Back to the first part of the hilarious animated trilogy signed Dreamworks and all the easter eggs that are hidden inside.
A reference to the Planet of the Apesa message hidden in a line of code, a tribute to Zoolander and a swear word almost impossible to notice… Back to Madagascara hilarious animated feature film produced by Dreamworks studios in 2005, and all the little details you shouldn’t miss while watching the film.
The pose that Alex the Lion takes at the beginning of Madagascarwhen he gives his daily performance at the Central Park Zoo, is a reference to fashion model Derek Zoolanderembodied by Ben Stiller At the movie theater. Rather logical, given that he is also the one who lends his voice to Alex.
At the beginning of the film, when Alex tries to contact the missing animal service by dialing 911 on a telephone booth, we can notice the presence of a small advertisement for rooms for rent on the side of the device. A paper which is also signed Tom and Eric, in reference to the two directors of Madagascar, Tom McGrath and Eric Darnell.
Right after his escape from the zoo, the sequence in which Marty the Zebra walks down the street to the sound of the famous Bee Gees song is a direct reference to the opening scene of Saturday night feverwhere John Travolta walked down a New York avenue in exactly the same way.
“What a piece of work is penguin”
Provided you have a very good sense of observation and know exactly where to look, you may be able to notice this little sentence written among the lines of code that appear on the screen, when the Penguins try to hack the boat. In French, it could be translated as: “The penguins are sacred numbers.”
Shrek and Fiona
After spending an entire night calling his friends on the beach in Madagascar, Alex is confused. Exhausted from shouting the names of Melman, Marty and Gloria, he then suddenly begins to pronounce those of Shrek, Fiona and the Good Fairy Godmother. This is an obvious nod to the adventures of the famous green ogre, who is also part of the big Dreamworks family.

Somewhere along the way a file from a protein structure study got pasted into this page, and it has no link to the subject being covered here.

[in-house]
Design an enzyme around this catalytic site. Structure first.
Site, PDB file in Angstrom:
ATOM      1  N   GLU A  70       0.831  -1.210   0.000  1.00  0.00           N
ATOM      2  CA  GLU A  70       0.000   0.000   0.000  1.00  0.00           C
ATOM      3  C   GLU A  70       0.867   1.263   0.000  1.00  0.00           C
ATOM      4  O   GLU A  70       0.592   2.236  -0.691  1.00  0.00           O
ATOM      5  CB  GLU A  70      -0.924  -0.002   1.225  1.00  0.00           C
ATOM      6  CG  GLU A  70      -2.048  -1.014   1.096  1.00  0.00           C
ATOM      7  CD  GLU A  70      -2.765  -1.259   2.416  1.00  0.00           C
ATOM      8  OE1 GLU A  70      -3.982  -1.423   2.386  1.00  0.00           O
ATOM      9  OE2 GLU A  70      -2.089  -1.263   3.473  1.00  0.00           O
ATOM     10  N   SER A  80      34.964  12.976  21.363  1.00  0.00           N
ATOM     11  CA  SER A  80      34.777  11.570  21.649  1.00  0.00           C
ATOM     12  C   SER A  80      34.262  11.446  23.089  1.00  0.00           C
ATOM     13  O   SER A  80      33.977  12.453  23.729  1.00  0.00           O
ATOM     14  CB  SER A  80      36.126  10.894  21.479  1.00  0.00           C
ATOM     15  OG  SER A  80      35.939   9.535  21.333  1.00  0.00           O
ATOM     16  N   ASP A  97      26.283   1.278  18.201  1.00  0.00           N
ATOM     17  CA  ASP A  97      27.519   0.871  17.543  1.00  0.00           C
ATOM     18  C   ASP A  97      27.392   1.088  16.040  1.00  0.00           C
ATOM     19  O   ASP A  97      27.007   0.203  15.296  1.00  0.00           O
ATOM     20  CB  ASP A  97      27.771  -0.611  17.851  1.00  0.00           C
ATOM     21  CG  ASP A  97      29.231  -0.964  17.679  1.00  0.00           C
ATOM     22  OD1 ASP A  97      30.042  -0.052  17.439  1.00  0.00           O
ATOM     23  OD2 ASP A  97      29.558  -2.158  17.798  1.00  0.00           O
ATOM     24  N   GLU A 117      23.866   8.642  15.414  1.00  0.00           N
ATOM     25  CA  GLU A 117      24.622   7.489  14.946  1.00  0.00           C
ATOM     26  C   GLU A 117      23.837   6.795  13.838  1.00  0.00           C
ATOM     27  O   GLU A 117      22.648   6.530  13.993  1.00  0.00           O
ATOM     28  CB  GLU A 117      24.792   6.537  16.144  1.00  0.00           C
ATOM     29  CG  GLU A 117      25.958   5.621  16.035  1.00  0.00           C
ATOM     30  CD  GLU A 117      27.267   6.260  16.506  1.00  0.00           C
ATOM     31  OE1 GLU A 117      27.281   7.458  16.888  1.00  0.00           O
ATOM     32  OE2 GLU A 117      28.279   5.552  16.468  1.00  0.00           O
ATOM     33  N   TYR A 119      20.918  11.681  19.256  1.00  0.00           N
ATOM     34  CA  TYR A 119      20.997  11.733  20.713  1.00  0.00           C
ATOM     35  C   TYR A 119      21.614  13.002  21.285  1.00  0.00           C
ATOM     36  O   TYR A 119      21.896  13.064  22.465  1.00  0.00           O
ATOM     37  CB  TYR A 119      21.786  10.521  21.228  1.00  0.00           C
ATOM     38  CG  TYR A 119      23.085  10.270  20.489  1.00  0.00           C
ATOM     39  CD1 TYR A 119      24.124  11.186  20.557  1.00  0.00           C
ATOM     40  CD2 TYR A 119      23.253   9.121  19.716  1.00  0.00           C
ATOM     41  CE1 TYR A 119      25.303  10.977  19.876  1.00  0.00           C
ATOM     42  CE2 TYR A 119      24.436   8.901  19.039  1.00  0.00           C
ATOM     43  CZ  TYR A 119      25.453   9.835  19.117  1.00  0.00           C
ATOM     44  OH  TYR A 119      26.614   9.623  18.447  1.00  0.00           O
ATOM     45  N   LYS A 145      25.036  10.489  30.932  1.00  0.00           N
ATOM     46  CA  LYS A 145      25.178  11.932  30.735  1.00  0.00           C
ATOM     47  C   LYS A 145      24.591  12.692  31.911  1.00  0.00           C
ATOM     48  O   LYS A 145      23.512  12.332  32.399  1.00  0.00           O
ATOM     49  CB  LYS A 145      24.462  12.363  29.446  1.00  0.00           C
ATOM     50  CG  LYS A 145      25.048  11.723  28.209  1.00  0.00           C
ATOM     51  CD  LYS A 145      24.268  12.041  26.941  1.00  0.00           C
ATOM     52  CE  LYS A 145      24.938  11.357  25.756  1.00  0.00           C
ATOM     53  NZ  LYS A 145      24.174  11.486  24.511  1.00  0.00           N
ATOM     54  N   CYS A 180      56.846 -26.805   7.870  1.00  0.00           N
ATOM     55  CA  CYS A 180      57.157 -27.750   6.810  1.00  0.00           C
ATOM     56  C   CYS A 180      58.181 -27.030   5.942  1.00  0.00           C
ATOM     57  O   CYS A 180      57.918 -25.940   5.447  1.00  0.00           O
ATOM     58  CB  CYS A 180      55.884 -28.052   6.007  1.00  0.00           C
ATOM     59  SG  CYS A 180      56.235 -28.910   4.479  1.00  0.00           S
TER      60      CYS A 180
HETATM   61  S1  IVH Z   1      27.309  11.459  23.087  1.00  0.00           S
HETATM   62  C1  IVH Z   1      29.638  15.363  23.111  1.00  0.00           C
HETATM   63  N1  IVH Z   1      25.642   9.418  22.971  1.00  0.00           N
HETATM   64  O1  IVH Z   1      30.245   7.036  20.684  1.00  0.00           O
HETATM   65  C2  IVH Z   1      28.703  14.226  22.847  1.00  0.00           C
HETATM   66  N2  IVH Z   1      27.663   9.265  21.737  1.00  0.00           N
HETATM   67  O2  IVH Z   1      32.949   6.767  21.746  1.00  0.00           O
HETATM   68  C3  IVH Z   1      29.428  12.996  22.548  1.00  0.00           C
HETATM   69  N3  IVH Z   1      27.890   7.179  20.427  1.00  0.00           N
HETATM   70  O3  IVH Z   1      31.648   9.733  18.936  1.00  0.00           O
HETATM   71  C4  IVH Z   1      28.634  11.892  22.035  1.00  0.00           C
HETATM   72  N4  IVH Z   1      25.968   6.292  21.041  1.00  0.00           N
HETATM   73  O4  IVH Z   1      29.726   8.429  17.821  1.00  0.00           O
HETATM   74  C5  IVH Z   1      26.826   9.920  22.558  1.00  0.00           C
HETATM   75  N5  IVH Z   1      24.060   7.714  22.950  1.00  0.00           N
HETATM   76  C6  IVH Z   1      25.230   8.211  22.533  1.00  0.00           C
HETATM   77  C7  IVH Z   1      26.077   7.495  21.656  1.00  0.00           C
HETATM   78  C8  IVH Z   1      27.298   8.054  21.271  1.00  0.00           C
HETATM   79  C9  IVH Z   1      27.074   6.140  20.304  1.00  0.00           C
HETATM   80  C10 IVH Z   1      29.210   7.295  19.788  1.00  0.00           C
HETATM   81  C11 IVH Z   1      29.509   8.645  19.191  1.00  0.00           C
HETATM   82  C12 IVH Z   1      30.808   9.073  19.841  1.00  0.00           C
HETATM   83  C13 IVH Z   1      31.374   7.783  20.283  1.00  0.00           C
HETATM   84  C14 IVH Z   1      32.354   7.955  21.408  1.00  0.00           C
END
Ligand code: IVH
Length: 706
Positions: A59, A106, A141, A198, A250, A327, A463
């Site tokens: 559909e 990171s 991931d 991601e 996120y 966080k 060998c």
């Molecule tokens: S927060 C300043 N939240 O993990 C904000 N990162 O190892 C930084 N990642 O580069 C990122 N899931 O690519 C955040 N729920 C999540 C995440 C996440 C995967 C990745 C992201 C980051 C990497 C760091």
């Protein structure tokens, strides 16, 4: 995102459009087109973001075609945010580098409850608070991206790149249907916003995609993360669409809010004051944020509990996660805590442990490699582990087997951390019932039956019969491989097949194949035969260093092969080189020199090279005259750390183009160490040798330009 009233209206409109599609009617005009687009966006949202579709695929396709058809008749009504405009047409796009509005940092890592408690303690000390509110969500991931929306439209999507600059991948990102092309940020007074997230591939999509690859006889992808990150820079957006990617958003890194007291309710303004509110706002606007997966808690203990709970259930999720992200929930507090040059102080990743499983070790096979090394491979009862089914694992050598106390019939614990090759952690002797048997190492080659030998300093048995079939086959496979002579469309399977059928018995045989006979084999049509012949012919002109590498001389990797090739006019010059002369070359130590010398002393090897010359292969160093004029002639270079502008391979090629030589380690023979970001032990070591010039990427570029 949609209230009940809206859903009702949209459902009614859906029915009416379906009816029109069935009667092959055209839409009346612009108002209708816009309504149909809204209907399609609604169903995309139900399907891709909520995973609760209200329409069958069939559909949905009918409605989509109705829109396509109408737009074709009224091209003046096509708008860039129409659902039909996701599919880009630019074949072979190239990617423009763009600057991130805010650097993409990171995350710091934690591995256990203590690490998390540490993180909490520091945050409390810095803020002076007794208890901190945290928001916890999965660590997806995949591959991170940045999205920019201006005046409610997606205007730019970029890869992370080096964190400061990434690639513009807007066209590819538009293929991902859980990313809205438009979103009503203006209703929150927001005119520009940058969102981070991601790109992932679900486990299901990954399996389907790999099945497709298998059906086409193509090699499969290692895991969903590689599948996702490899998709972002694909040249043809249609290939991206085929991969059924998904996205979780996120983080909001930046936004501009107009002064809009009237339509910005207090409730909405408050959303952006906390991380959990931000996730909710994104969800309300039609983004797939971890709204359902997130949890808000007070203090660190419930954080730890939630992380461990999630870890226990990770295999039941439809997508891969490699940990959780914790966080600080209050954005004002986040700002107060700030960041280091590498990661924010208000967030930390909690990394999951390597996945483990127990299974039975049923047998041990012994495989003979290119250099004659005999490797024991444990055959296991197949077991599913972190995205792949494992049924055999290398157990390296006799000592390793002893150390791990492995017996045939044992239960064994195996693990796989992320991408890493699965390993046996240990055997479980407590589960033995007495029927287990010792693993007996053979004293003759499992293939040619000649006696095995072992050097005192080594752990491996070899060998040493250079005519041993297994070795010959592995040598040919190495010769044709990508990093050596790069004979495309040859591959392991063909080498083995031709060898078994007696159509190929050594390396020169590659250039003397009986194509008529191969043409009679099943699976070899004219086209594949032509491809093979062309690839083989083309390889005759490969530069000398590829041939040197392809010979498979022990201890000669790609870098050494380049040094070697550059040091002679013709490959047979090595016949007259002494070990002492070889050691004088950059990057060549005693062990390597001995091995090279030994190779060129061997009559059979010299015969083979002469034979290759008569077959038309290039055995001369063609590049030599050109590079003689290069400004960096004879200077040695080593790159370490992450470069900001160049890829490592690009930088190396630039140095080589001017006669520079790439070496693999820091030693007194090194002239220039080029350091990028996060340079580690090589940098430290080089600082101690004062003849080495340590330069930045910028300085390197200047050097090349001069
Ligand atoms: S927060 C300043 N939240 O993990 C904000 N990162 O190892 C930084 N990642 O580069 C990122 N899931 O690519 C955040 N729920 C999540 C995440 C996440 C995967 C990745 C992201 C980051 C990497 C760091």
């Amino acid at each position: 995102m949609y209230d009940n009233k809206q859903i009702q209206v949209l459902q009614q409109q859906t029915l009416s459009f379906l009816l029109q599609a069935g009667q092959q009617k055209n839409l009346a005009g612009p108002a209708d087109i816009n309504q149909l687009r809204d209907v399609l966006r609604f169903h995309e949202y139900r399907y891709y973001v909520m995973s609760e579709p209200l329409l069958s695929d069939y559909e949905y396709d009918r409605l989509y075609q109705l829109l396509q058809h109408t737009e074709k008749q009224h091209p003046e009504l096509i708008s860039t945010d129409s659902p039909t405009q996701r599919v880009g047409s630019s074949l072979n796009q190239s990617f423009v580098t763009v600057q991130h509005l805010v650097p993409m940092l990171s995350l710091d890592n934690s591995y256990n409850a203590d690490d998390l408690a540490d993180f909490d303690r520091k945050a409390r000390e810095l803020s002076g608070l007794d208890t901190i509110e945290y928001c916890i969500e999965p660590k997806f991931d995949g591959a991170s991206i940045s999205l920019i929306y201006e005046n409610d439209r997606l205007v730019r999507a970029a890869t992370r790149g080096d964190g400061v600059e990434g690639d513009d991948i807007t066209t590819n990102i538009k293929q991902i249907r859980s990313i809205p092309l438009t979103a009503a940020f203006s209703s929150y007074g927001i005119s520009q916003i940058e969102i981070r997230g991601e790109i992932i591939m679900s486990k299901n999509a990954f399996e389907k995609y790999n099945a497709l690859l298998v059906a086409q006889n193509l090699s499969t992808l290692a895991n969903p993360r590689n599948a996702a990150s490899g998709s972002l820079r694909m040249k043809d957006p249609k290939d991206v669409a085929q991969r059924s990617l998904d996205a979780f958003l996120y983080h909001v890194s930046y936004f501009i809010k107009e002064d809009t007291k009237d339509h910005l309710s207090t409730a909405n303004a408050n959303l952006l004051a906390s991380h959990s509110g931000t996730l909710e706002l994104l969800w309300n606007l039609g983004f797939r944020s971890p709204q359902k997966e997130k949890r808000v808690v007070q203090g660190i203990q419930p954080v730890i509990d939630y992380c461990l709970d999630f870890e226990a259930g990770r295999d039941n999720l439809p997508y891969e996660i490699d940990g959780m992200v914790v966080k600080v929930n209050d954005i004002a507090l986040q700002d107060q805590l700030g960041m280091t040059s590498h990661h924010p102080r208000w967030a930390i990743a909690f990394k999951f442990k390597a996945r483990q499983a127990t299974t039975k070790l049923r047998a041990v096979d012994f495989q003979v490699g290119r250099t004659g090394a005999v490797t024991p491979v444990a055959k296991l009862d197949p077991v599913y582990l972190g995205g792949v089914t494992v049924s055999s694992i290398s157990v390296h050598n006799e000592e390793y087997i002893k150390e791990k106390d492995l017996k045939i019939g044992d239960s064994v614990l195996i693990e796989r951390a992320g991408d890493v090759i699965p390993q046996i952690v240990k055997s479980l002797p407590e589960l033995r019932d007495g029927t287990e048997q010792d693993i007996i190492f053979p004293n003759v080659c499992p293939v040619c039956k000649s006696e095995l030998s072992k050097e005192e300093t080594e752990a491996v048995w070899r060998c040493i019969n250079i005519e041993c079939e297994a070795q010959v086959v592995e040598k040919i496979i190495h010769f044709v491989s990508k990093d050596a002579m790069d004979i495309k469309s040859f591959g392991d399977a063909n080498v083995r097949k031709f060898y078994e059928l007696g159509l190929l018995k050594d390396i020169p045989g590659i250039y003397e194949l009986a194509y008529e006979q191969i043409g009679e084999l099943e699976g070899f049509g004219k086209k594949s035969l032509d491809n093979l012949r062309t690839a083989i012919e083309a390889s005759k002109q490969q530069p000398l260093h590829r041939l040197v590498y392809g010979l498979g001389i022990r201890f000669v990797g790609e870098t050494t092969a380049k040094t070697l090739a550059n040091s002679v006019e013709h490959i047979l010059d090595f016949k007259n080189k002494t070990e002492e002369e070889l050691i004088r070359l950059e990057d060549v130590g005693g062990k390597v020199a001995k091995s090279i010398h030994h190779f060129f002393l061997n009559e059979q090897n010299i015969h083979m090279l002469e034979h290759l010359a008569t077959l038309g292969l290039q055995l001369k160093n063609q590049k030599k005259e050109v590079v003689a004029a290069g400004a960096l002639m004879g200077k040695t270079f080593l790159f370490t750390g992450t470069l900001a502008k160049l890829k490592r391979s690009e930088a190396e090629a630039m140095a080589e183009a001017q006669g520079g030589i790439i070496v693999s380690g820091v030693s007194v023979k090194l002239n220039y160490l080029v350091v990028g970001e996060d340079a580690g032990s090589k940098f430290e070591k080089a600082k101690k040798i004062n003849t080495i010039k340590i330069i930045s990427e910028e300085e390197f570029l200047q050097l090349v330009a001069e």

Chariots of Fire
Considered one of the most famous songs on the big screen, the music that can be heard when Alex and Marty meet and run towards each other on the beach is that of the Chariots of Fire. A legendary theme, composed by the great Vangeliswho passed away recently.
“Oh honey, sugar and gumball!”
In the same sequence, when Marty realizes that Alex does not intend to hug him but rather give him a soap, he utters these few very surprising words. However, by taking only the first letter of each word in its original version, “Sugar Honey Ice Tea”, we understand a little better the state of mind of the zebra. We let you try for yourself.
This volleyball decorated with a trace of a paw – which Alex seems to consider his companion in misfortune – is obviously a reference to Wilson, the imaginary friend of Tom Hanks in Alone in the world of Robert Zemeckis.
“You sick bastard! You burned her alive!”
Alex the Lion isn’t the first to howl desperate invectives, kneeling on a beach, facing a crumbling Statue of Liberty. Indeed, in the first part of The Planet of the Apesrealized by Franklin J. Schaffner in 1968 it was Charlton Hestonaka Taylor, who acted similarly, following the film’s unforgettable final twist.
“To serve Lemur”
In the middle of the film, as a wind of panic blows through the tribe of lemurs, one of them holds up a book called “To serve Lemur”, and declares that it is in fact a manual. of the kitchen !
A little more pointed than the others, this wink refers to a specific episode of the famous series The Twilight Zone. There was indeed question of an extraterrestrial invasion and a strange work transported by the aliens, entitled “To serve humanity”. A title which, unfortunately, was to be taken in its most literal sense. It was thus a question of serving humans “to eat”, and not of obeying their orders.
When Alex tries by all means to leave Madagascar to return to New York, the distress message he has constructed with coconut tree trunks ends up collapsing, thus going from a call for help “HELP” to a real hell “HELL”.
This dreamlike scene in which Alex the Lion dreams of pieces of meat is a reference to the famous feature film by Sam Mendes, from which it also borrows its soundtrack. Only small significant detail: the rose petals that we could see falling from the sky in the original sequence have here been replaced by… huge steaks.
The wild life
When Alex, again subject to his predatory instincts, tries to bite his friend Marty in slow motion, the music that can be heard is none other than the theme of the famous National Geographic channel.
Another reference to a cinema classic! Towards the end of the film, when Alex finds himself clinging to a cactus and carried by the river until he falls from a waterfall, it is a nod to the famous film by Roland Joffein which a missionary suffered a somewhat similar fate.